Five-year cost-effectiveness analysis of the European Fans in Training (EuroFIT) physical activity intervention for men versus no intervention

Spyros Kolovos, Aureliano P Finch, Hidde P van der Ploeg, Femke van Nassau, Hana M Broulikova, Agni Baka, Shaun Treweek, Cindy M Gray, Judith G M Jelsma, Christopher Bunn, Glyn C Roberts, Marlene N Silva, Jason M R Gill, Øystein Røynesdal, Willem van Mechelen, Eivind Andersen, Kate Hunt, Sally Wyke, Judith E Bosmans

Research output: Contribution to JournalArticleAcademicpeer-review


OBJECTIVES: Increasing physical activity reduces the risk of chronic illness including Type 2 diabetes, cardiovascular disease and certain types of cancer. Lifestyle interventions can increase physical activity but few successfully engage men. This study aims to investigate the 5 year cost-effectiveness of EuroFIT, a program to improve physical activity tailored specifically for male football (soccer) fans compared to a no intervention comparison group.

METHODS: We developed a Markov cohort model in which the impact of improving physical activity on five chronic health conditions (colorectal cancer, Type 2 diabetes, coronary heart disease, stroke and depression) and mortality was modelled. We estimated costs from a societal perspective and expressed benefits as quality adjusted life years (QALYs). We obtained data from a 4-country (England, Netherlands, Portugal and Norway) pragmatic randomised controlled trial evaluating EuroFIT, epidemiological and cohort studies, and meta-analyses. We performed deterministic and probabilistic sensitivity analyses to assess the impact of uncertainty in the model's parameter values on the cost-effectiveness results. We used Monte Carlo simulations to estimate uncertainty and presented this using cost-effectiveness acceptability curves (CEACs). We tested the robustness of the base case analysis using five scenario analyses.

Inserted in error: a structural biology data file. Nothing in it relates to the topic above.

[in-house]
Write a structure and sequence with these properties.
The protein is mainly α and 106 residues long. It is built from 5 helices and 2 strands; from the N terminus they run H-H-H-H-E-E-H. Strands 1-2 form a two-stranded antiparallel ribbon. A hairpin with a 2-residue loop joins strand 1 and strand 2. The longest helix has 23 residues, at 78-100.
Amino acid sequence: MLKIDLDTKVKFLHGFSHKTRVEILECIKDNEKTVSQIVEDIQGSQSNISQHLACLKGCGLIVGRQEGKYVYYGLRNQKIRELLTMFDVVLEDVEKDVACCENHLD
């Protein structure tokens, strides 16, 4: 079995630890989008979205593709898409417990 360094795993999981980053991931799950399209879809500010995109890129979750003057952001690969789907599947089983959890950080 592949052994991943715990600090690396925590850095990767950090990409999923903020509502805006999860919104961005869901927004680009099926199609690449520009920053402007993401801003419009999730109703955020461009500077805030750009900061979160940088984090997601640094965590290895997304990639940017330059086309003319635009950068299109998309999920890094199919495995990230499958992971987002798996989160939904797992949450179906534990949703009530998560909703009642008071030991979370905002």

RESULTS: Average costs over 5 years per person receiving EuroFIT were €14,663 and per person receiving no intervention €14,598. Mean QALYs over 5 years were 4.05 per person for EuroFIT and 4.04 for no intervention. Thus, the average incremental cost per person receiving EuroFIT was €65 compared to no intervention, while the average QALY gain was 0.01. This resulted in an ICER of €5206 per QALY gained. CEACs show that the probability of EuroFIT being cost-effective compared to no intervention is 0.53, 0.56 and 0.58 at thresholds of €10,000, €22,000 and €34,000 per QALY gained, respectively. When using a time horizon of 10 years, the results suggest that EuroFIT is more effective and less expensive compared to (i.e. dominant over) no intervention with a probability of cost-effectiveness of 0.63 at a threshold of €22,000 per QALY gained.

CONCLUSIONS: We conclude the EuroFIT intervention is not cost-effective compared to no intervention over a period of 5 years from a societal perspective, but is more effective and less expensive (i.e. dominant) after 10 years. We thus suggest that EuroFIT can potentially improve public health in a cost-effective manner in the long term.

Original languageEnglish
Article number30
Pages (from-to)30
JournalThe international journal of behavioral nutrition and physical activity
Issue number1
Publication statusPublished - 4 Mar 2020


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